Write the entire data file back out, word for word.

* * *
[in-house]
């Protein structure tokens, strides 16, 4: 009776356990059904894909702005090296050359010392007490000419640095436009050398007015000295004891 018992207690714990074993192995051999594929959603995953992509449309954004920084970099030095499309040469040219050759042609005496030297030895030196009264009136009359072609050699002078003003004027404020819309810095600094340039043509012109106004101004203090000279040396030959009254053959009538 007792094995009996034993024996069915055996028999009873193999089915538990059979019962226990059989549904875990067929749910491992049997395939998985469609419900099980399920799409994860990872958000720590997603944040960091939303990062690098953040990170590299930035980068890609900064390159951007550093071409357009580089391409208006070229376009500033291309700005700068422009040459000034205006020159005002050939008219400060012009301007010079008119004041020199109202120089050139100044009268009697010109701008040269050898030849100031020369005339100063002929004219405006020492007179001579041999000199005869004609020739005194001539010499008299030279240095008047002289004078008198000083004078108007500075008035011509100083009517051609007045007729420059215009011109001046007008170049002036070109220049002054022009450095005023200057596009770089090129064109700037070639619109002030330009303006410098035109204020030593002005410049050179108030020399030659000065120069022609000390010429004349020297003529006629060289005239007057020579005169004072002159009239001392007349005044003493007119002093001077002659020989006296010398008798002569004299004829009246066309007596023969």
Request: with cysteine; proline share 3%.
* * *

[in-house]
């Protein structure tokens, strides 16, 4: 009776356990059904894909702005090296050359010392007490000419640095436009050398007015000295004891 018992207690714990074993192995051999594929959603995953992509449309954004920084970099030095499309040469040219050759042609005496030297030895030196009264009136009359072609050699002078003003004027404020819309810095600094340039043509012109106004101004203090000279040396030959009254053959009538 007792094995009996034993024996069915055996028999009873193999089915538990059979019962226990059989549904875990067929749910491992049997395939998985469609419900099980399920799409994860990872958000720590997603944040960091939303990062690098953040990170590299930035980068890609900064390159951007550093071409357009580089391409208006070229376009500033291309700005700068422009040459000034205006020159005002050939008219400060012009301007010079008119004041020199109202120089050139100044009268009697010109701008040269050898030849100031020369005339100063002929004219405006020492007179001579041999000199005869004609020739005194001539010499008299030279240095008047002289004078008198000083004078108007500075008035011509100083009517051609007045007729420059215009011109001046007008170049002036070109220049002054022009450095005023200057596009770089090129064109700037070639619109002030330009303006410098035109204020030593002005410049050179108030020399030659000065120069022609000390010429004349020297003529006629060289005239007057020579005169004072002159009239001392007349005044003493007119002093001077002659020989006296010398008798002569004299004829009246066309007596023969």
Request: with cysteine; proline share 3%.